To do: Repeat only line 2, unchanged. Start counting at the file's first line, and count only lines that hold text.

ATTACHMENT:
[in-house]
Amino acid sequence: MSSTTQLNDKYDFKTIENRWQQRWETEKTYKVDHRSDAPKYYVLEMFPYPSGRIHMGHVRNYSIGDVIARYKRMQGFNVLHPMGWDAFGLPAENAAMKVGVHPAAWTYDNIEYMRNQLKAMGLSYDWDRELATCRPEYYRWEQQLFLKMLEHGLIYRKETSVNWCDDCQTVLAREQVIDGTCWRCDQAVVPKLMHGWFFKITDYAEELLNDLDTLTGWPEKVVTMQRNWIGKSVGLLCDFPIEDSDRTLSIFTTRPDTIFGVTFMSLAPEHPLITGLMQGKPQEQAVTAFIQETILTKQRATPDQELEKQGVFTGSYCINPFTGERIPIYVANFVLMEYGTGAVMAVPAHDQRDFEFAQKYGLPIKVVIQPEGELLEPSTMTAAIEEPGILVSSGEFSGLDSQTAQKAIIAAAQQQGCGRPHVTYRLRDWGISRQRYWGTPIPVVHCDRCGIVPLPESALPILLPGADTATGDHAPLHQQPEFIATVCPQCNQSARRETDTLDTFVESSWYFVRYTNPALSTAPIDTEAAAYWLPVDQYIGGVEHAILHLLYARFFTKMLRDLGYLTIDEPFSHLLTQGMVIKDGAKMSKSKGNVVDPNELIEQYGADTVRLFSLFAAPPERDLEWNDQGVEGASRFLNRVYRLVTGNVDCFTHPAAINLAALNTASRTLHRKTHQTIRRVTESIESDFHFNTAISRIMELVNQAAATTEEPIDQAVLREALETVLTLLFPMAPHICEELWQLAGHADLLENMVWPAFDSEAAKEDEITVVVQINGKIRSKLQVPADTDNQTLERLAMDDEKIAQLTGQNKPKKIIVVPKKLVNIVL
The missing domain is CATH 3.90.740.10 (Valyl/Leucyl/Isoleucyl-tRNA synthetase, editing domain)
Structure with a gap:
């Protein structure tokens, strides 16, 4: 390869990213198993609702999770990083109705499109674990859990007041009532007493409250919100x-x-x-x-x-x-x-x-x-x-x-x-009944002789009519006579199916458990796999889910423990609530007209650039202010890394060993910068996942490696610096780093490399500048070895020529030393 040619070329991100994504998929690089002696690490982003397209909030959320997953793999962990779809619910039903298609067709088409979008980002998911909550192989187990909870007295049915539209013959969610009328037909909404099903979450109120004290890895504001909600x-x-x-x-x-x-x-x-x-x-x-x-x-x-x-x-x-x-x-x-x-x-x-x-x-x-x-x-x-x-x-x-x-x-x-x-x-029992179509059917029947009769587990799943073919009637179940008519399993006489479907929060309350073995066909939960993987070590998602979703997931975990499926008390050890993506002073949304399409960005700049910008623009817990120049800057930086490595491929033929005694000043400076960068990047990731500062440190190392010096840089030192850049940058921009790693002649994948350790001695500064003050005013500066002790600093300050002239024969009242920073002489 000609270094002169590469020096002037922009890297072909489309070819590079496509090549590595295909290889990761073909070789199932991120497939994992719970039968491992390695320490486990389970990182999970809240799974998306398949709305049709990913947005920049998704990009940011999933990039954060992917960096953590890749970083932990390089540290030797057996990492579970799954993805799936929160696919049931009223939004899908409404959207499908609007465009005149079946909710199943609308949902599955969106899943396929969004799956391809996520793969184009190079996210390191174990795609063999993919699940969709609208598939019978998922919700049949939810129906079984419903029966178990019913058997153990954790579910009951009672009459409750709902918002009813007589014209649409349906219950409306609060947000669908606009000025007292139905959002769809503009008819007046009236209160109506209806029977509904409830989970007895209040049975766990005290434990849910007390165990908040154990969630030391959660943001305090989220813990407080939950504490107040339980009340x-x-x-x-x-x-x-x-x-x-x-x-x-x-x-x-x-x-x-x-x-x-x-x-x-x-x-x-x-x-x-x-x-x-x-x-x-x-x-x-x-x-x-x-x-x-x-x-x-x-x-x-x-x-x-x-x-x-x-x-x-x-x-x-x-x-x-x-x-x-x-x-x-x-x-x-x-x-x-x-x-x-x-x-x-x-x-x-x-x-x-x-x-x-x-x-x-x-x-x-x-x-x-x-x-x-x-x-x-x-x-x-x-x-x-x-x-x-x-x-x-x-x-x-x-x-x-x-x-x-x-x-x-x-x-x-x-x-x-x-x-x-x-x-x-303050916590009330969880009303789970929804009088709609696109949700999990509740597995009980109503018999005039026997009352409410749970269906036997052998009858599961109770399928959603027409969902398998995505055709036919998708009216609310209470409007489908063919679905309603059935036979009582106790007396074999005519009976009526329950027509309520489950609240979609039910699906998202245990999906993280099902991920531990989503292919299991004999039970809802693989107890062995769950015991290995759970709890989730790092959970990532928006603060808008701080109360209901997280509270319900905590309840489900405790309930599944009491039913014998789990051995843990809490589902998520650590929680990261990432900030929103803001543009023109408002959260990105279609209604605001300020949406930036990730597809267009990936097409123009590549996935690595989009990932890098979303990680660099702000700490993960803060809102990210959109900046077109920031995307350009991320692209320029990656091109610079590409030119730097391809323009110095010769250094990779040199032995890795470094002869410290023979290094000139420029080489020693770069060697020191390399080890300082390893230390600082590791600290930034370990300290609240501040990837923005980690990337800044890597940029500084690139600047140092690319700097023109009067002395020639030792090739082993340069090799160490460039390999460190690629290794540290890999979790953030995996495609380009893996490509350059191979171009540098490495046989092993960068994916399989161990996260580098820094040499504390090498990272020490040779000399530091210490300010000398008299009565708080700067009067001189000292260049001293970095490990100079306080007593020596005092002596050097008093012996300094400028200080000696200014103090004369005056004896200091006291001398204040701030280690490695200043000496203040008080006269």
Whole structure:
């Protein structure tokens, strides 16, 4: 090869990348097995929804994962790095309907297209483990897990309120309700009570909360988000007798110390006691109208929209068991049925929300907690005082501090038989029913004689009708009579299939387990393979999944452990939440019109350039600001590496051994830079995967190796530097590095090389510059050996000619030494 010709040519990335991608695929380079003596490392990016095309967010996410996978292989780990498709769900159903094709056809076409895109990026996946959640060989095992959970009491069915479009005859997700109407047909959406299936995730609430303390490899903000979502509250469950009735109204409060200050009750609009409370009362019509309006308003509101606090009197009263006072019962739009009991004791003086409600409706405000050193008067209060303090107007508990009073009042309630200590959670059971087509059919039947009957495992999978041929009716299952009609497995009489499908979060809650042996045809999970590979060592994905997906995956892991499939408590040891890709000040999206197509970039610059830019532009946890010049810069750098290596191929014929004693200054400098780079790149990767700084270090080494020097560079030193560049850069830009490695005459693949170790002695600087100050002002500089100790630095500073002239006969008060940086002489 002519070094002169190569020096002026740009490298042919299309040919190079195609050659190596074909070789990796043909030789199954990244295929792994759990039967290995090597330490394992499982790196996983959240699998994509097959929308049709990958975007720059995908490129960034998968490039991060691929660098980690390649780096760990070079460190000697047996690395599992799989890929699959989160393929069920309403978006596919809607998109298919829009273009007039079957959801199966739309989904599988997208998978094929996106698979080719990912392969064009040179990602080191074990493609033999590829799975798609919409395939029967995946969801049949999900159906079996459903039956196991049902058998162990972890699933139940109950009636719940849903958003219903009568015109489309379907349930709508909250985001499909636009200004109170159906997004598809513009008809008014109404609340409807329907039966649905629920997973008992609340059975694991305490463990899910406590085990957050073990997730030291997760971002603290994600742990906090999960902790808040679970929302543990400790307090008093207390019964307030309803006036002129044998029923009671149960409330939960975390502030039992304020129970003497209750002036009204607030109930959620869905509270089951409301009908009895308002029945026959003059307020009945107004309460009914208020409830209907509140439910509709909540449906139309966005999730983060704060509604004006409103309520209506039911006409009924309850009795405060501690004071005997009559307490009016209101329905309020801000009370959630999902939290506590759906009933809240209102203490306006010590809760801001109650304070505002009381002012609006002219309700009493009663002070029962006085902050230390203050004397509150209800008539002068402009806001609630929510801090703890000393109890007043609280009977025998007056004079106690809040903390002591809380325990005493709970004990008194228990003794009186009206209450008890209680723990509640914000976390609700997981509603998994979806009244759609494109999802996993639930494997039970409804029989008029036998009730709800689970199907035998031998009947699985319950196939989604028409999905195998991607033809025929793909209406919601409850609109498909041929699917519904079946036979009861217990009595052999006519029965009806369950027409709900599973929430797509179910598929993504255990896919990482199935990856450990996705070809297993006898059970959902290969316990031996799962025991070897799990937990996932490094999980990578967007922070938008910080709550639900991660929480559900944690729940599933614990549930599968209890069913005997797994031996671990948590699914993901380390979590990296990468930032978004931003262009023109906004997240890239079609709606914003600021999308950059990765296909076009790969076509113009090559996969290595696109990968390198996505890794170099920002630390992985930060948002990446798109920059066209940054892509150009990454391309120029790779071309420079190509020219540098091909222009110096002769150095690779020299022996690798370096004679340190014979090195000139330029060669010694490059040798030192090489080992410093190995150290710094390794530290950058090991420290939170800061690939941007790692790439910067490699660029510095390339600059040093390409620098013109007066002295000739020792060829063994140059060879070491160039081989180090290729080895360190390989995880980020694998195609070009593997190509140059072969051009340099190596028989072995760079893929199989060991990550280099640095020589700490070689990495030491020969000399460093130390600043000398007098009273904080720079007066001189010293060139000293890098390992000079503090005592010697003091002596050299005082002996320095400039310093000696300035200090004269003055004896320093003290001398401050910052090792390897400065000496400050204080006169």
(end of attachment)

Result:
Amino acid sequence: MSSTTQLNDKYDFKTIENRWQQRWETEKTYKVDHRSDAPKYYVLEMFPYPSGRIHMGHVRNYSIGDVIARYKRMQGFNVLHPMGWDAFGLPAENAAMKVGVHPAAWTYDNIEYMRNQLKAMGLSYDWDRELATCRPEYYRWEQQLFLKMLEHGLIYRKETSVNWCDDCQTVLAREQVIDGTCWRCDQAVVPKLMHGWFFKITDYAEELLNDLDTLTGWPEKVVTMQRNWIGKSVGLLCDFPIEDSDRTLSIFTTRPDTIFGVTFMSLAPEHPLITGLMQGKPQEQAVTAFIQETILTKQRATPDQELEKQGVFTGSYCINPFTGERIPIYVANFVLMEYGTGAVMAVPAHDQRDFEFAQKYGLPIKVVIQPEGELLEPSTMTAAIEEPGILVSSGEFSGLDSQTAQKAIIAAAQQQGCGRPHVTYRLRDWGISRQRYWGTPIPVVHCDRCGIVPLPESALPILLPGADTATGDHAPLHQQPEFIATVCPQCNQSARRETDTLDTFVESSWYFVRYTNPALSTAPIDTEAAAYWLPVDQYIGGVEHAILHLLYARFFTKMLRDLGYLTIDEPFSHLLTQGMVIKDGAKMSKSKGNVVDPNELIEQYGADTVRLFSLFAAPPERDLEWNDQGVEGASRFLNRVYRLVTGNVDCFTHPAAINLAALNTASRTLHRKTHQTIRRVTESIESDFHFNTAISRIMELVNQAAATTEEPIDQAVLREALETVLTLLFPMAPHICEELWQLAGHADLLENMVWPAFDSEAAKEDEITVVVQINGKIRSKLQVPADTDNQTLERLAMDDEKIAQLTGQNKPKKIIVVPKKLVNIVL